In Athens and the general Attica region, there are several underground shelters that the majority of the population are completely unaware of.
The underground air-raid shelters had been built before the World War II era and have never been used as Athens was not bombarded during World War II.
There are no official records of the underground shelters, however. Other than the Greek army and the Civil Protection, few have knowledge of their existence and exact location.
History of air-raid underground shelters in Greece
The Ioannis Metaxas regime, which came to power with the August 4, 1936 coup, considered that an impending armed conflict in Europe was very likely to take place.
Moreover, Metaxas knew that war on the air was going to dominate in the next war, and, consequently, bombardments in urban areas were more than probable.
The possibility led Metaxas and his cabinet to conceive and implement a vast project of Civil Protection, focusing on the construction of numerous air–raid shelters.
Noteworthy are the diversities in the type and size of shelters that ranged from narrow underground galleries or small chambers to organized shelters of hundreds of square meters, including toilets, water tanks, numerous chambers and auxiliary rooms.
The Metaxas regime established some strict standards to be followed in building an underground shelter in Athens and elsewhere. They had to have airtight armored doors so that chemical gas could not sip through in case of a gas attack.
They had to have central chambers, auxiliary chambers, vestibules, galleries, escape exits, toilets, and water tanks.
New buildings over three stories tall in Athens had to have an underground shelter area The underground shelter should be able to support the total number of residents in the building.
An area of 3 cubic meters per person should be provided in an underground shelter. That is, one square meter and 3 meters high for each person.
It was not a random number. It was calculated that when the armored doors closed airtight (to prevent gases from sipping through), the person consumes one cubic meter of air per hour. The maximum time spent in the shelter was set at 3 hours.
The sturdiest shelters in Athens and Attica
An emblematic underground shelter in Athens was the one on the hill of Ardittos. It was about 500 square meters (5,382 feet) and it had the largest central chamber throughout Attica (5 x 35 meters wide, 5 meters height).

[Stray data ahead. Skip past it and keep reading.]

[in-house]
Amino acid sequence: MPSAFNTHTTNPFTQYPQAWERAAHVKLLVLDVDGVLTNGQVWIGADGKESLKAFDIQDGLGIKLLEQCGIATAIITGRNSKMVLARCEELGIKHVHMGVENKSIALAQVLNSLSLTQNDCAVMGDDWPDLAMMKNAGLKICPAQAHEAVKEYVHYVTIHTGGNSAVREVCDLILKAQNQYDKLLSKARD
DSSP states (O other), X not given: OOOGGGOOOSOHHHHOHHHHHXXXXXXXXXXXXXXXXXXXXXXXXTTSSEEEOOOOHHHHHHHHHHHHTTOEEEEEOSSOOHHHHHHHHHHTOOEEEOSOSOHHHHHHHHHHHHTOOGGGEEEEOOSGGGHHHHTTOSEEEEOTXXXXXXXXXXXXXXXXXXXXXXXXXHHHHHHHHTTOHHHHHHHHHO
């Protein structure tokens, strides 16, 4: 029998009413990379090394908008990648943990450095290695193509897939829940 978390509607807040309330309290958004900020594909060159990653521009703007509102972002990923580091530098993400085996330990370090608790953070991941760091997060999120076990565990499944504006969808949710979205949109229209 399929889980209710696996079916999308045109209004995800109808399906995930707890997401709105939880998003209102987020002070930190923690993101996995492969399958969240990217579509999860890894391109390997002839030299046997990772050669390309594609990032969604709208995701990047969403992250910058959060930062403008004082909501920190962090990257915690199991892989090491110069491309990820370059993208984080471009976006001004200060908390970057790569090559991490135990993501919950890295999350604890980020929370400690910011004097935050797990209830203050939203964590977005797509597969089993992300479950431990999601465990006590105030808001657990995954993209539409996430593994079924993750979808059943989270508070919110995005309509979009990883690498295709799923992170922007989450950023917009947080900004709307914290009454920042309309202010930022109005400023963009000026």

It was built in 1936 and could shelter approximately 1,300 people. During the German Occupation, it served as the base for the Resistance. It is now abandoned.
The Lycabettus Hill military shelter was built in 1936 and included a shelter, as well as machine-gun holes carved into the rock.
The underground shelter was built near the church of Saints Isidori. It extends to a depth of 100 meters (328 feet) in the rock, has two entrances, and is larger and in better condition than the more famous shelter of Ardittos.
It is well-preserved, freshly painted, but with signs of wear. It has power, toilets and baths. Its facilities also include two large rooms and other smaller ones, corridors, machine gun nests, storage rooms, appliances and ventilation ducts, tanks, panels and telephone.
It had two entrances ending in the main large hall where the Anti-Aircraft Defense Headquarters was housed for the war against the Italians (1940-1941). It also served as the Wireless Station of the Navy Radiotelegraphy Service.
During the occupation it was used by the Germans, while after the liberation it remained in operation until 1970, then it was abandoned.
Today the space belongs to PSEA (Civil Emergency Planning) of the Civil Protection agency of the Ministry of Citizen Protection.
In Central Athens
In the center of the city and close to the Hellenic Parliament building there were underground shelters underneath Grande Bretagne Hotel, the Ethniki Asfalistiki building, the Bank of Greece, the Army Share Fund and the old Supreme Court Building.
The Ethniki Asfalistiki shelter in central Athens was the most modern of all, built by famous civil engineers Andreas Kriezis and Emmanouil Metaxas.
It had metal doors that closed airtight, and the two floors were connected with a staircase. During the German Occupation, the Nazis used it as a prison and torture dungeon.
In Athens, there was also another large air-raid shelter in Polygono and several smaller ones.
There were several in Piraeus as well, in the neighborhoods of Profitis Elias, Kastela, Drapetsona and others.
In the southern suburbs of Athens that were sparsely populated in the 1930s there were shelters in Ellinikon, Voula and Glyfada and further on in Sounio Cape and Rafina.
In the northern suburbs of the capital, air-raid shelters were built in Papagou, Psychiko and Kifissia.
In 1999, in an Ethnos newspaper report it was estimated that about 200 public shelters survived in all of Greece. Most of them were on the verge of collapse, but they still have strong marks of the past with slogans engraved on the walls or scattered old objects.